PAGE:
Come and see Shakespeare’s timeless classic, ROMEO AND JULIET in one of the most beautiful and iconic buildings in the Thames Valley! Boost! Productions are bringing Shakespeare to Dorchester Abbey in partnership with the bi-annual Dorchester Festival. Tickets available HERE.
Caroline was a fantastic director to work with. Imaginative, determined and always able to get the best out of the cast. She worked around problems and (when needed) through them! Always well prepared and adaptable, she had the somewhat rare quality of taking time to listen to the actors and the musical director!
Always optimistic, I would recommend her to work with young people and adults wholeheartedly.
Andrew Walker, Head of Performing Arts, St. Birinus School, Didcot
Caroline has been directing productions with both adults and children for over twenty years. Her experience ranges from Shakespeare outdoors to large scale musicals in schools and large spaces.

Productions include:

Twelfth Night, Much Ado About Nothing, As You Like It, Loves Labours Lost, A Midsummer Night’s Dream……

Bugsy Malone (2017) Guys and Dolls (2016), Oliver (2013), Wizard of Oz (2011), Joseph and his Amazing Technicolour Dreamcoat (2009), A Midsummernight’s Dream – ‘Shakespeare 4 Kidz’ (2007)’, The BFG (2005)

APRIL 2013

It is such a pity that the word “amateur” which should imply that dancers, singers and actors are dancing, singing and acting because they love to do so, has become debased and implies that the performances are well intentioned but maybe not very slick and polished. All the more heart-warming therefore, when a group who could call themselves amateurs, put on a show which is, in every part totally “professional”.

Lionel Bart’s “Oliver” can claim to be one of the best musicals ever written, but it is a very complex one to stage, requiring complete integration of direction, music, dancing, acting and staging. The brilliant team of Caroline Seed, Sally Mears, Amy Dow and all of the technical crew worked seamlessly together and overcame so many obstacles which included the complex shape of the Abbey and the lack of curtains.

The main characters in ‘Oliver’ are beautifully drawn and require acting and singing of high quality, which they got, but the show stands or falls on the strength of the ensemble and this was there in splendid form. The workhouse children all were completely involved, knew their words and acted all the time. Fagin’s gang were a real, and convincing gang. The chorus sang lustily and the dancers were not only elegant and beautiful, but they drew us in to the action.

The set suited the Abbey perfectly and made the most imaginative use of simple chairs, tables and boxes which the stage management crew manipulated with considerable skill.

Special mention must be made of the way in which the conductor marshalled the orchestra to follow the singing faultlessly without becoming over-bearing, something which is very hard to do, especially when the orchestra is so large. The sound produced by the orchestra was excellent and beautifully held together.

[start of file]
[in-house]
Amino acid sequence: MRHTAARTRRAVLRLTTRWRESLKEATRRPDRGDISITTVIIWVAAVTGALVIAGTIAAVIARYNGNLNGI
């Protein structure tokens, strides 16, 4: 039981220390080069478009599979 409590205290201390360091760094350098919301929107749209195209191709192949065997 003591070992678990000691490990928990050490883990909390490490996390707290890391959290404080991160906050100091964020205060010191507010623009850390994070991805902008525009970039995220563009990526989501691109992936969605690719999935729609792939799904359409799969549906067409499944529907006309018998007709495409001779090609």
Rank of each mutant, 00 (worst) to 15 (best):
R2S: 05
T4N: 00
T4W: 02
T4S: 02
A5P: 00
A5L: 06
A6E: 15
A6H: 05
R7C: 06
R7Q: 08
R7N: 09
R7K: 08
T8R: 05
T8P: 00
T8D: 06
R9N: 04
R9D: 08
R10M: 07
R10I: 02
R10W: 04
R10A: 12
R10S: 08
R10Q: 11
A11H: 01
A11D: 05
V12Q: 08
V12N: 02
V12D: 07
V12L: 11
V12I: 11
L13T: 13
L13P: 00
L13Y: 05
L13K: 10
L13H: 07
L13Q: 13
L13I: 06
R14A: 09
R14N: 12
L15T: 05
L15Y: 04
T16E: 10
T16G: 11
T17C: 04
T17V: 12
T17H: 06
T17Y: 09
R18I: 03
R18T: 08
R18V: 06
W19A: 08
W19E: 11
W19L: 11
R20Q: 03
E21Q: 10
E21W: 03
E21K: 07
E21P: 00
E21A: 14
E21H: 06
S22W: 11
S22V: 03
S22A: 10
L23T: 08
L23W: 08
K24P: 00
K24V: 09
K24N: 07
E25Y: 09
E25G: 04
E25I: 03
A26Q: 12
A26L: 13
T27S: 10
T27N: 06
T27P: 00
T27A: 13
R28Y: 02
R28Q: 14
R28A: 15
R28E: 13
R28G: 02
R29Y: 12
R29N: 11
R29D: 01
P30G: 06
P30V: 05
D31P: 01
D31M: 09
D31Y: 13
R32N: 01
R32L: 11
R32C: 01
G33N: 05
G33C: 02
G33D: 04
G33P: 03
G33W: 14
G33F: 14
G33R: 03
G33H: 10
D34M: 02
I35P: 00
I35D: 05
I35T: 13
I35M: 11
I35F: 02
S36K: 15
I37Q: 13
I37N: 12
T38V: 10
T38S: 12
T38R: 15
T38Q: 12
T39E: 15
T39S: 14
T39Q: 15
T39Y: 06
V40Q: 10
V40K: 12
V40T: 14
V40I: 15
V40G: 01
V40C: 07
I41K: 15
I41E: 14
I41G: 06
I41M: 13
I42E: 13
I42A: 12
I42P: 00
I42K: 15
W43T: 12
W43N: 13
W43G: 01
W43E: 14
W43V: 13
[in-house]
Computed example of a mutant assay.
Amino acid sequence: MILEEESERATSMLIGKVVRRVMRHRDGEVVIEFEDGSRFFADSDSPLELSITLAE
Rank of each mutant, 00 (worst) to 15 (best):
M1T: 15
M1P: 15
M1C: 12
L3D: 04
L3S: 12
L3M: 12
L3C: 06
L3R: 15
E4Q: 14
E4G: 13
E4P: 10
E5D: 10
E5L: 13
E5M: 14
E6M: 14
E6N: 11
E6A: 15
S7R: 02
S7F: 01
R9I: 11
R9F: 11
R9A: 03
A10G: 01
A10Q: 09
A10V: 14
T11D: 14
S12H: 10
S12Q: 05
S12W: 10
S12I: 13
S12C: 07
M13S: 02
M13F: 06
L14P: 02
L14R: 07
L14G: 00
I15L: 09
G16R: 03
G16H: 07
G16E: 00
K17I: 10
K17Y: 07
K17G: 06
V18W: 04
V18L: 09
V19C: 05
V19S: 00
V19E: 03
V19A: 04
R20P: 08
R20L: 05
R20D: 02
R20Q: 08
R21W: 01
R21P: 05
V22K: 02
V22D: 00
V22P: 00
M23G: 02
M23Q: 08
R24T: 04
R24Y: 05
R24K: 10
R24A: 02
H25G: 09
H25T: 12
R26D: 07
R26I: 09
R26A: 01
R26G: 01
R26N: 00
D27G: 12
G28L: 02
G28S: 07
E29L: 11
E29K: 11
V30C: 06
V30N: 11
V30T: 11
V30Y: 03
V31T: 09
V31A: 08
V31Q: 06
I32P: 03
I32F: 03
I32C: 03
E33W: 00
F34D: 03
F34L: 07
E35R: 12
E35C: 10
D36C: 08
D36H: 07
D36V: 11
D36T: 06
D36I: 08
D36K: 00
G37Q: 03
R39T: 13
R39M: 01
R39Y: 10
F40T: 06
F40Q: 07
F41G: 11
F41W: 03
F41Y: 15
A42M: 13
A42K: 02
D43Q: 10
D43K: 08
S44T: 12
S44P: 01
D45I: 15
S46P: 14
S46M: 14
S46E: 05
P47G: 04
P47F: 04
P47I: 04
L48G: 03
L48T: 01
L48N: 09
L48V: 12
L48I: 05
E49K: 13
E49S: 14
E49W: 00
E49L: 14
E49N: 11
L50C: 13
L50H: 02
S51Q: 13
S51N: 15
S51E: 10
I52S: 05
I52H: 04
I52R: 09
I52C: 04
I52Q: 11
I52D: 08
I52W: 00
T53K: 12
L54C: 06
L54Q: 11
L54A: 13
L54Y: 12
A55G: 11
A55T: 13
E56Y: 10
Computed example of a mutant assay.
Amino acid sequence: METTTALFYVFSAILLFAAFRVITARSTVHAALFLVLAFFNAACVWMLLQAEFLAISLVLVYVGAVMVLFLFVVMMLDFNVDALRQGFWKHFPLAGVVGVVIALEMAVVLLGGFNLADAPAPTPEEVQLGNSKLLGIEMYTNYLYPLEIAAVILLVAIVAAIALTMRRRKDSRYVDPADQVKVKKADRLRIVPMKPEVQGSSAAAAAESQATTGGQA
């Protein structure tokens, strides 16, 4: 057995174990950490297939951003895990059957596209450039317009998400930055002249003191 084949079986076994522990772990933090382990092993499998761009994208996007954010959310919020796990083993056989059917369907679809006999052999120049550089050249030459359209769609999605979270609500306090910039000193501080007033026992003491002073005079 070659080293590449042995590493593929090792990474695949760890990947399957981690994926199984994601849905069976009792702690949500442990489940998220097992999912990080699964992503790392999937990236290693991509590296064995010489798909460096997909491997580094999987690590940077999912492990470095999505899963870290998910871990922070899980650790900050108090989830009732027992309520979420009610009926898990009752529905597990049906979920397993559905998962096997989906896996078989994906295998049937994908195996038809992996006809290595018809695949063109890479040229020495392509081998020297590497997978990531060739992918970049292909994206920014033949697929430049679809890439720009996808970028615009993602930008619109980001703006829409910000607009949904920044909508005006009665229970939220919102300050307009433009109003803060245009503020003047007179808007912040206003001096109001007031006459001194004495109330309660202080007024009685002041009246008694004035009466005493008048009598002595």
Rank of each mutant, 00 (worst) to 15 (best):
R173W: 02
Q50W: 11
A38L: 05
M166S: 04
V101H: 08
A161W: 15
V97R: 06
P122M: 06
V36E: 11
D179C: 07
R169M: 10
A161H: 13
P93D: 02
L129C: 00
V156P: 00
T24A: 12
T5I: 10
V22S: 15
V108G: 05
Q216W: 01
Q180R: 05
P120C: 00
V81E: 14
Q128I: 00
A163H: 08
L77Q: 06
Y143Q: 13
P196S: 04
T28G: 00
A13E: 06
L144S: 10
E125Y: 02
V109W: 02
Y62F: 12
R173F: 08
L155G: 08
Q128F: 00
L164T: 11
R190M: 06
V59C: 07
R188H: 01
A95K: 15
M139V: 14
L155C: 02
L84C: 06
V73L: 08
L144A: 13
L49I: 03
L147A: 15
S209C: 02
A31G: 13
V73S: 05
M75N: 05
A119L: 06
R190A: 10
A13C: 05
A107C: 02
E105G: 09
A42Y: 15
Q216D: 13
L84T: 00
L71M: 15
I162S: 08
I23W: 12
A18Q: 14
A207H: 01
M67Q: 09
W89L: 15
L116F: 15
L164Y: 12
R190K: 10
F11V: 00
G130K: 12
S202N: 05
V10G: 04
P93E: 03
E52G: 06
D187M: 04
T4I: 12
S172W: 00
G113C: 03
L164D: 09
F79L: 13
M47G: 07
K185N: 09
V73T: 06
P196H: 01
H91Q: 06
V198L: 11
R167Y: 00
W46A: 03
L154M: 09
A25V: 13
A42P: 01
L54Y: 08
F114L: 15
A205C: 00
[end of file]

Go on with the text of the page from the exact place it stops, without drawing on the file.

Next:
All of the principal characters shone! The mellifluous John Cornelius as Mr. Bumble and the comic skill of Vera Hull as Widow Corney. The very convincing undertaker family, Mr Sowerberry (Joe Seed), Mrs Sowerberry, (Marjie Seed), Noah Claypole (Oli Craven-Todd) and Charlotte (Megan Garvey). The exuberant Dodger played by Tom Warrick and the menacing Bill Sykes (Johnny Cornelius). The superbly voiced Nancy (Amy Dow) and the wistful and touching role of Oliver performed on alternate nights by Tom Atkinson-Seed and Nick Sims.

Special mention must go to Barry Gibney who brought an entirely different characterisation to Fagin. A younger Fagin, who actually appealed to our sympathies and, incidentally, managed to take out any side of his character which may have been construed as anti-Jewish. For me, the tour-de-force was his performance of “Reviewing the situation” where, with exquisite timing, he allowed the violin (beautifully played) to preface his choruses.

A wonderful show, very cleverly put together which made one totally proud of the British Amateur/Professional tradition. The warm and inviting atmosphere engendered by the helpers at the Abbey helped immensely. The only drawback which I can see is that, after this production, and the recent production of “The Wizard Of Oz” the bar has been set so high, and expectations are so lofty that the next production will have to be a miracle. BRING IT ON!

Ken Fitt 28/4/2013

More coming soon on our most recent shows including, ‘Guys and Dolls’, ‘Oliver’, ‘Wizard of Oz’ and ‘Joseph and His Amazing Technicolour Dreamcoat’

We’ll let you know when we’re auditioning again!